The present invention relates to a microelectromechanical system (“MEMS”) force sensor device 10 for measuring a force applied to at least a portion thereof. In one aspect, as depicted in FIGS. 1-3, the force sensor device comprises a base 11 and a cap 12 adhered at the surfaces formed by at least one rigid boss 13 in the base 11. A contact surface 14 exists along the top surface of the cap 12 for receiving an applied force F and transmitting the force F through the at least one rigid boss 13 to at least one flexure 15. The base 11 comprises an air gap 16 between the base 11 and cap 12 wherein the thickness of the air gap 16 is determined by the breaking deflection of the at least one flexure 15, such that the air gap 16 between the base 11 and the cap 12 will close and stop further deflection before the at least one flexible membrane 15 is broken.

It is contemplated that the air gap 16 formed between the base 11 and cap 12 could collect debris during the process of dicing the device. To mitigate this effect, the base comprises a shelf 17 that is etched significantly below the air gap 16. The shelf 17 creates a distance between the dicing interface at the edge of the base 11 and the air gap 16 where debris will tend to collect, creating a channel for water to carry away debris and preventing mechanical interference with the functional range of the device.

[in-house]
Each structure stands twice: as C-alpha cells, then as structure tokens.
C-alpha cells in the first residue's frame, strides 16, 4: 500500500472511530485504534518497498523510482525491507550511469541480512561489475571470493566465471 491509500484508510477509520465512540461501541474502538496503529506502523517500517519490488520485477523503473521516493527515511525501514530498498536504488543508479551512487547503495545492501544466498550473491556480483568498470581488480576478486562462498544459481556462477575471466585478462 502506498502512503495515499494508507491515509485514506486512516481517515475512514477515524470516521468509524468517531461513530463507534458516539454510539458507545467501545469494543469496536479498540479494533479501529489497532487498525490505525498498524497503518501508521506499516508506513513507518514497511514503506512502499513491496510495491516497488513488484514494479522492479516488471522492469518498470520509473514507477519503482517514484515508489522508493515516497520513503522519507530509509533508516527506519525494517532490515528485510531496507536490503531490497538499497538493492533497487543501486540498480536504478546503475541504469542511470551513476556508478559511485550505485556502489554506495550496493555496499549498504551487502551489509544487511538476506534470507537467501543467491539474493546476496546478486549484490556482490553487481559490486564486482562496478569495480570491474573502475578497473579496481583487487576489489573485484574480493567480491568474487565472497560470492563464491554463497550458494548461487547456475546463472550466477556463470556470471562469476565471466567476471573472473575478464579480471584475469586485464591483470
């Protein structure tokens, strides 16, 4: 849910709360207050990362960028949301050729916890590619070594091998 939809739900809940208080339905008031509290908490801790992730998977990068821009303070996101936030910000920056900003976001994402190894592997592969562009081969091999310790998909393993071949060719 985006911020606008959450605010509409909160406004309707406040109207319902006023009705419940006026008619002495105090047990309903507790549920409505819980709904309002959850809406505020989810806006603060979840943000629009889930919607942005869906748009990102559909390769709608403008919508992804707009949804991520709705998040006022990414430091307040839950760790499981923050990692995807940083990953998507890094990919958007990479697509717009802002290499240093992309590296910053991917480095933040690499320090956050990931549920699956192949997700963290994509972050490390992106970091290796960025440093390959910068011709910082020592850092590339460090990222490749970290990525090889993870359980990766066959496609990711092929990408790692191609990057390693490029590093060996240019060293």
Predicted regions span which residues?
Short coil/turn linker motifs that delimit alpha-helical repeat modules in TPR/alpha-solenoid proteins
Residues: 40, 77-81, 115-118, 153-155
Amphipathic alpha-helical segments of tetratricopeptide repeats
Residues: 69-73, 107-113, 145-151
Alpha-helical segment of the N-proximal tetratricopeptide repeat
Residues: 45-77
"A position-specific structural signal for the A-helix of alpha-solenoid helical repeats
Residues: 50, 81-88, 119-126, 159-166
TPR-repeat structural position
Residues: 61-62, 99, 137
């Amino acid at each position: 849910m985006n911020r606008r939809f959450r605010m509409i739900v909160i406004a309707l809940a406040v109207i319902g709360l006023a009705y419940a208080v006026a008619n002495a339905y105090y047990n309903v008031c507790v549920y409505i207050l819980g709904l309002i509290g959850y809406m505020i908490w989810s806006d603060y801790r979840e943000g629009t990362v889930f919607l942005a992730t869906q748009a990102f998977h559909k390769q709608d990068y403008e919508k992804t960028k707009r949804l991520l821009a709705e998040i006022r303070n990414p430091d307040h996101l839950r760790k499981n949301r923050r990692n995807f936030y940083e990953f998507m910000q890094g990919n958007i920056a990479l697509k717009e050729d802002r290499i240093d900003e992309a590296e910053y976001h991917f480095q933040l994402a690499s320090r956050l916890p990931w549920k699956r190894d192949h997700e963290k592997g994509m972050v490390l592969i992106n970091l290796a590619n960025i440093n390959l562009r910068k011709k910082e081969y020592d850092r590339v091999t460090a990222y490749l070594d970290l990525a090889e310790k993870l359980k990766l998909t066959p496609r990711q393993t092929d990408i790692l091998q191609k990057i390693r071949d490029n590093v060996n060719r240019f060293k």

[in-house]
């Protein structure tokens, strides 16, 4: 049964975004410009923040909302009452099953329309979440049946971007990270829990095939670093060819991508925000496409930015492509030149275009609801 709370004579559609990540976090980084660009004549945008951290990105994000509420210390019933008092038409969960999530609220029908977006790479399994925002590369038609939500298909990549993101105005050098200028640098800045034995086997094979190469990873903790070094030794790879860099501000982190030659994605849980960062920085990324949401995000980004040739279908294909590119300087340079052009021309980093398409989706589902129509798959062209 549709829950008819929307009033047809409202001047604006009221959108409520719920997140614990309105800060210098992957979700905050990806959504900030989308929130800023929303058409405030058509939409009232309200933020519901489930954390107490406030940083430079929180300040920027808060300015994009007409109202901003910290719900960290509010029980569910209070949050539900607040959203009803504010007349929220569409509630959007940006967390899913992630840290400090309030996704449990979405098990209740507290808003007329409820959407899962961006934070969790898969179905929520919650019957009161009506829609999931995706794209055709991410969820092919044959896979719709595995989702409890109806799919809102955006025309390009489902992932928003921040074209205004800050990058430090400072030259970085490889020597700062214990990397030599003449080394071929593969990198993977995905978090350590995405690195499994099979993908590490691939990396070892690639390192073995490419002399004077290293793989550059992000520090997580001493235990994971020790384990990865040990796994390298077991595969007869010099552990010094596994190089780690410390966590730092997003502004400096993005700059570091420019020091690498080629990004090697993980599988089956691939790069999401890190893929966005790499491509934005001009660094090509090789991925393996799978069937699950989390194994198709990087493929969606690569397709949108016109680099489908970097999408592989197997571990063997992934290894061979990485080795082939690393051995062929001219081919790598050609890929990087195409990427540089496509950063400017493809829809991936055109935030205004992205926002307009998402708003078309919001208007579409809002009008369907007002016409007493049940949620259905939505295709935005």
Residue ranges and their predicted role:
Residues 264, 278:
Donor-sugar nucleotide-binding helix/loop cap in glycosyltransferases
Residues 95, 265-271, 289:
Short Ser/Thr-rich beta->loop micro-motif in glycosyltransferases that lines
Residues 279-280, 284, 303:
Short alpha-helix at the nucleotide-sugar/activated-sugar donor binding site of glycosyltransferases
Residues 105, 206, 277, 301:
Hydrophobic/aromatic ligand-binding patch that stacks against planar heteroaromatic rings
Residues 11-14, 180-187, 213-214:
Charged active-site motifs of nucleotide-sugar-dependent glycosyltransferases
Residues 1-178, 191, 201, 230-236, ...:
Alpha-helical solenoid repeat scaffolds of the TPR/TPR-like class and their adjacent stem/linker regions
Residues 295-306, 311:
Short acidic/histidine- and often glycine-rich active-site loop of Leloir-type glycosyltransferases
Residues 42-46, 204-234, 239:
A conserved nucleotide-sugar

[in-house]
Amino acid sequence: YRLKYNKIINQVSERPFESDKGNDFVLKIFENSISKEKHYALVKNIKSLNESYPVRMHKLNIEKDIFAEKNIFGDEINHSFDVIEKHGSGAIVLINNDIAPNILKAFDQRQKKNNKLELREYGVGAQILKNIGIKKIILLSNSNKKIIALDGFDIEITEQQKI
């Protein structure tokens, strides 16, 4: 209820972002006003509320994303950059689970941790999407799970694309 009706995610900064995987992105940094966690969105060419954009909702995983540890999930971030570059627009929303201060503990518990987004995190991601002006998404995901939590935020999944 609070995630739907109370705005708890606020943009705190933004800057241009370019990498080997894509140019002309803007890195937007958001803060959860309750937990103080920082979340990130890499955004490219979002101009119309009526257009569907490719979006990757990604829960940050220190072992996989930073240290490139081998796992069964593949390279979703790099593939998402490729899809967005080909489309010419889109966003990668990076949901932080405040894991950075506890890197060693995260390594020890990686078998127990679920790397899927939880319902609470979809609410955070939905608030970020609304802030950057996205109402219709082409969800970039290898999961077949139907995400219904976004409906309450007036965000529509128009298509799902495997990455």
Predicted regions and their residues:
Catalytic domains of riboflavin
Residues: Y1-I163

Referring now to FIGS. 3 and 4, the side and bottom views of the device are shown, respectively. The force sensor device comprises at least one deposited or implanted piezoresistive element on the bottom surface 18 of the base 11. As strain is induced in the at least one flexure 15 proportional to the force F, a localized strain is produced on the piezoresistive elements 19 (depicted schematically), such that the piezoresistive elements 19 experience compression, depending on their specific orientation. As the piezoresistive elements compress and tense, their resistivity changes in opposite fashion, such that a Wheatstone bridge circuit containing four piezoresistive elements 19 (two of each orientation relative to strain) becomes unbalanced and produces a differential voltage across the positive signal terminal SPOS and the negative signal terminal SNEG. This differential voltage is directly proportional to the applied force F on the contact surface 14, and is measured through electrical terminals 20 that are connected to external circuitry.